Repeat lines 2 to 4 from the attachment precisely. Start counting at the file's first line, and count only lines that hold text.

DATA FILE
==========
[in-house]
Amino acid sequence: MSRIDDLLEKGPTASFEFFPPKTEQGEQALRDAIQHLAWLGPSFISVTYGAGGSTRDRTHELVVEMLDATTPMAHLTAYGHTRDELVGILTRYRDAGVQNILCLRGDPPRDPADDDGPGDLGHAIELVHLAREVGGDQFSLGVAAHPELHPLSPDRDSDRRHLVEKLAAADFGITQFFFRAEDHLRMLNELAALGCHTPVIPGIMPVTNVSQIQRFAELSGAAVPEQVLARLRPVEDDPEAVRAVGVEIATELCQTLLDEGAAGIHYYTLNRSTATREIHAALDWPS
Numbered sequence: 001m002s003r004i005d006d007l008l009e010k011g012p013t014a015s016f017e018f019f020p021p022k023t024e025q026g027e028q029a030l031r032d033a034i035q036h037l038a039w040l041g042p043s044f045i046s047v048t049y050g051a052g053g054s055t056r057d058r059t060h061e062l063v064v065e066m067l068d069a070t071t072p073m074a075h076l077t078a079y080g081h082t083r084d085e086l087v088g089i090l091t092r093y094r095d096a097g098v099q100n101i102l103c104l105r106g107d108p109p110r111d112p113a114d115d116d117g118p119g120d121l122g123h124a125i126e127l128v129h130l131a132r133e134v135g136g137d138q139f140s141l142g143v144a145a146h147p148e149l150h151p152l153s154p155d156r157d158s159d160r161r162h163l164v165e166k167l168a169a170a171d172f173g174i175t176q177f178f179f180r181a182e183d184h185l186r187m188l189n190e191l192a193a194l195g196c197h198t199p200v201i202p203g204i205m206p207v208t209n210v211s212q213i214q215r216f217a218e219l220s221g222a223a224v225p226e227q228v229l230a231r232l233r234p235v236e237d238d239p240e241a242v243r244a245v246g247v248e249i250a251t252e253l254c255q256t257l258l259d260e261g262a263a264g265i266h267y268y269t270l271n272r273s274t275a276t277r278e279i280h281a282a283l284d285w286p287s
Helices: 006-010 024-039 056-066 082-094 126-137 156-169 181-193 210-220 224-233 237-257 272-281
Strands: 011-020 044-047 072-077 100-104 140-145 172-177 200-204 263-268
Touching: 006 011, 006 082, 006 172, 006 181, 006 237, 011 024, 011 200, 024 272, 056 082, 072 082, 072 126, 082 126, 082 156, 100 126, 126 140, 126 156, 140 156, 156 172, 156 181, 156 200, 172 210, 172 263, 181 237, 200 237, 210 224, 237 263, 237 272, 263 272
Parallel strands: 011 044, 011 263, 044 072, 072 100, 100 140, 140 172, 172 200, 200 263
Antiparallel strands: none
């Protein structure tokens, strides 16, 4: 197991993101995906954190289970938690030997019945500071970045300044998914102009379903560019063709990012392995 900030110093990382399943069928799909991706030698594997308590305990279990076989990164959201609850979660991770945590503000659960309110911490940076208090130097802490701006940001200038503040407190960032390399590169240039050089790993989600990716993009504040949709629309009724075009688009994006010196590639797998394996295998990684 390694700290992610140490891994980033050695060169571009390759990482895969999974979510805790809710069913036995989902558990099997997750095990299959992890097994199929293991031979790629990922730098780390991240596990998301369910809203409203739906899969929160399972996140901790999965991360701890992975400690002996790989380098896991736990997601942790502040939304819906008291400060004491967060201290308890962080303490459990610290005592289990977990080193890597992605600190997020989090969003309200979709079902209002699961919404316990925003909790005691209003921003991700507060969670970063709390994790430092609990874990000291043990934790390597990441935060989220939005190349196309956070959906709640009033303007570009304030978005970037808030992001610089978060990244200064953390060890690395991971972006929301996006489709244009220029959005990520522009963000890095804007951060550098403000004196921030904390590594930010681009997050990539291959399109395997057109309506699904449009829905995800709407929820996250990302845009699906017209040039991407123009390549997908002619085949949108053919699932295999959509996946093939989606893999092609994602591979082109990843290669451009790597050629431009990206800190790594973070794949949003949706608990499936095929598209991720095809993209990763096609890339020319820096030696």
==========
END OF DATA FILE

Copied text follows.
Amino acid sequence: MSRIDDLLEKGPTASFEFFPPKTEQGEQALRDAIQHLAWLGPSFISVTYGAGGSTRDRTHELVVEMLDATTPMAHLTAYGHTRDELVGILTRYRDAGVQNILCLRGDPPRDPADDDGPGDLGHAIELVHLAREVGGDQFSLGVAAHPELHPLSPDRDSDRRHLVEKLAAADFGITQFFFRAEDHLRMLNELAALGCHTPVIPGIMPVTNVSQIQRFAELSGAAVPEQVLARLRPVEDDPEAVRAVGVEIATELCQTLLDEGAAGIHYYTLNRSTATREIHAALDWPS
Numbered sequence: 001m002s003r004i005d006d007l008l009e010k011g012p013t014a015s016f017e018f019f020p021p022k023t024e025q026g027e028q029a030l031r032d033a034i035q036h037l038a039w040l041g042p043s044f045i046s047v048t049y050g051a052g053g054s055t056r057d058r059t060h061e062l063v064v065e066m067l068d069a070t071t072p073m074a075h076l077t078a079y080g081h082t083r084d085e086l087v088g089i090l091t092r093y094r095d096a097g098v099q100n101i102l103c104l105r106g107d108p109p110r111d112p113a114d115d116d117g118p119g120d121l122g123h124a125i126e127l128v129h130l131a132r133e134v135g136g137d138q139f140s141l142g143v144a145a146h147p148e149l150h151p152l153s154p155d156r157d158s159d160r161r162h163l164v165e166k167l168a169a170a171d172f173g174i175t176q177f178f179f180r181a182e183d184h185l186r187m188l189n190e191l192a193a194l195g196c197h198t199p200v201i202p203g204i205m206p207v208t209n210v211s212q213i214q215r216f217a218e219l220s221g222a223a224v225p226e227q228v229l230a231r232l233r234p235v236e237d238d239p240e241a242v243r244a245v246g247v248e249i250a251t252e253l254c255q256t257l258l259d260e261g262a263a264g265i266h267y268y269t270l271n272r273s274t275a276t277r278e279i280h281a282a283l284d285w286p287s
Helices: 006-010 024-039 056-066 082-094 126-137 156-169 181-193 210-220 224-233 237-257 272-281